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Improving Disaster Management with Multimodal Information from Social Media

clusters computed by our model for the 2021 Ahr Valley flood in Germany.

David Hanny, Researcher / Department of Geoinformatics at PLUS

Bernd Resch, Associate Professor & Head Geo-social Analytics Lab / Department of Geoinformatics at PLUS

When a natural disaster occurs, the situation on-site can be quite chaotic and overwhelming, making it hard to understand for emergency responders. To react effectively, a detailed understanding of the situation on the ground is required, as it determines where resources and manpower are deployed. After events such as floods or earthquakes, traditional methods of information gathering and transportation are often hindered, e.g. by physical barriers or overwhelmed call centres. Additionally, official sources of information might not cover the entire region as can be the case for wildfires.

Social media as a multimodal data source

This is where social media comes in. With billions of people using platforms like X (formerly Twitter), Telegram, TikTok or Facebook, online communities have become a valuable source of real-time information before, during and after disaster. People share their experiences, ask for help, and report on what they're seeing around them. However, sifting through this massive amount of data can be a daunting task.

Social media posts contain more than one type of information – even if it merely consists of text. Each text has semantic content, i.e. what the person is posting about. Simultaneously, the text might have an emotional association. For the assessment of disaster situations especially, it makes a difference whether a person is posting in fear or happily. The former suggests a degree of urgency or need for help while the latter provides a reason for reassurance. Social media posts usually also have a posting time.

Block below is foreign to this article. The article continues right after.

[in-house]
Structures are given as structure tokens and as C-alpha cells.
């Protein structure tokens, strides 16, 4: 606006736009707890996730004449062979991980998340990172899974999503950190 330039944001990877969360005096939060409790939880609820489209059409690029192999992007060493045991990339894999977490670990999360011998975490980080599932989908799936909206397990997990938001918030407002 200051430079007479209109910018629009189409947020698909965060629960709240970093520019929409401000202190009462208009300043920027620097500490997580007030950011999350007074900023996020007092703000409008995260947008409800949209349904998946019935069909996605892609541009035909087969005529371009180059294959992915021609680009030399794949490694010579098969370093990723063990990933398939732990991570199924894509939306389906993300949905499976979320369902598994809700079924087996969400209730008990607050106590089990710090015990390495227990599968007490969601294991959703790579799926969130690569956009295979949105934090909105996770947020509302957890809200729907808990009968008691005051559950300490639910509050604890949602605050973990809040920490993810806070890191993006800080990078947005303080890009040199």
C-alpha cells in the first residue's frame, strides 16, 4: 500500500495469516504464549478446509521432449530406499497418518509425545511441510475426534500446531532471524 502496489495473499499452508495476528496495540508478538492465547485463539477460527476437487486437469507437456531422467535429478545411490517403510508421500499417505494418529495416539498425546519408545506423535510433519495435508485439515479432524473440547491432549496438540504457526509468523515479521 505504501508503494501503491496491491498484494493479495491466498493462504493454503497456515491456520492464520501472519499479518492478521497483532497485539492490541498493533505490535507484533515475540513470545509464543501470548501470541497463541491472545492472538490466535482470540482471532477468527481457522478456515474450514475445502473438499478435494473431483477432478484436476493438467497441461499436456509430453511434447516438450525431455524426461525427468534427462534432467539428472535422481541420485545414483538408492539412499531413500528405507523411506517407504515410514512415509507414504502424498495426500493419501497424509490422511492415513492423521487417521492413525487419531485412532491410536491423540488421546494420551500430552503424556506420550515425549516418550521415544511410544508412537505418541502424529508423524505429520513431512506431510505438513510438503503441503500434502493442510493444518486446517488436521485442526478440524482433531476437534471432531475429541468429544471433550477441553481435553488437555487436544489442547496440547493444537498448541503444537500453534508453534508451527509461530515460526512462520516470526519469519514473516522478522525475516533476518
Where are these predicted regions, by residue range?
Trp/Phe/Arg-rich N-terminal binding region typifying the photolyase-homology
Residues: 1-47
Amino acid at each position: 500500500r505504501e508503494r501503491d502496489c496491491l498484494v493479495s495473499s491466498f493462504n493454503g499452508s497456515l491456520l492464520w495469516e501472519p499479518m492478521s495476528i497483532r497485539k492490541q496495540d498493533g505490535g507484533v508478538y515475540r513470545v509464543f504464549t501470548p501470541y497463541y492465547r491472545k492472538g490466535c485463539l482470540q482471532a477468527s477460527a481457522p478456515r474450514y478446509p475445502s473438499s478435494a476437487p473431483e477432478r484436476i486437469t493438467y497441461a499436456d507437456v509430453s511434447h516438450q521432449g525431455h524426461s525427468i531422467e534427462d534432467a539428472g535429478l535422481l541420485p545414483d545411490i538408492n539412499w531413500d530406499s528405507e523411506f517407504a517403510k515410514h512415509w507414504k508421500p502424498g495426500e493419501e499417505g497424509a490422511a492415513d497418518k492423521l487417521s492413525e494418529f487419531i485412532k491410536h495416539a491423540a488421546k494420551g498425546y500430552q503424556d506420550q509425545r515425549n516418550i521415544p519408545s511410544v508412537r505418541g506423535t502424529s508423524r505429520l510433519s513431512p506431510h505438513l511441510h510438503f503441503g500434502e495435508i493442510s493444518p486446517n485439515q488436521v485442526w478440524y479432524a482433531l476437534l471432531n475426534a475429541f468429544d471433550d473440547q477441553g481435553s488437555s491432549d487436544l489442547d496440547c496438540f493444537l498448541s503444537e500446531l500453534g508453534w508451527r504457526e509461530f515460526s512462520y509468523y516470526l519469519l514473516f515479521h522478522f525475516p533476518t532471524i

Additionally, they might come with a geo-reference, either based on Global Positioning System (GPS) coordinates or based on mentions of places in the text. Consequently, even seemingly simple textual social media posts consist of at least four layers of information – semantics, sentiment, time and geographic location. Additional information such as images and videos add even more content on top of that.

As part of the TEMA project, our research group at the Paris Lodron University of Salzburg (PLUS) is therefore working on novel methods and technologies for the analysis of such geo-social media data in extreme disaster situations. We aim to extract helpful information from the vast amounts of data available online and provide emergency responders with actionable insights to improve the handling of natural disasters.

A model that considers it all 

The different aspects of social media posts are often analysed separately using sequential workflows. For instance, semantic topics are extracted independently from sentiments or geospatial analysis is conducted using the posting locations without considering the texts themselves. This limits the scope of the information.

This is where our research comes in. We developed a novel approach to analyse social media data that considers semantics, sentiments, geographic space and time all at once. It can be described as a machine learning model that provides contextualised information where and when are posting about what and how they feel about it. The output of our model was tailored to be easily understandable by emergency responders. . Our model thus provides a major technology for extreme data analytics for natural disaster management in the context of TEMA.

Under the hood

The approach we present works by grouping social media posts based on their similarity among their modalities. To achieve this, a numerical representation that captures content, emotions, space and time is computed for each post. We used various techniques from machine learning and geographic information science to achieve this. More specifically, information is extracted as follows.

  • Semantic content: Our model uses powerful Large Language Models (LLMs) to understand the meaning of the posts, not just the individual words. This is important because people often use different words to describe the same situation.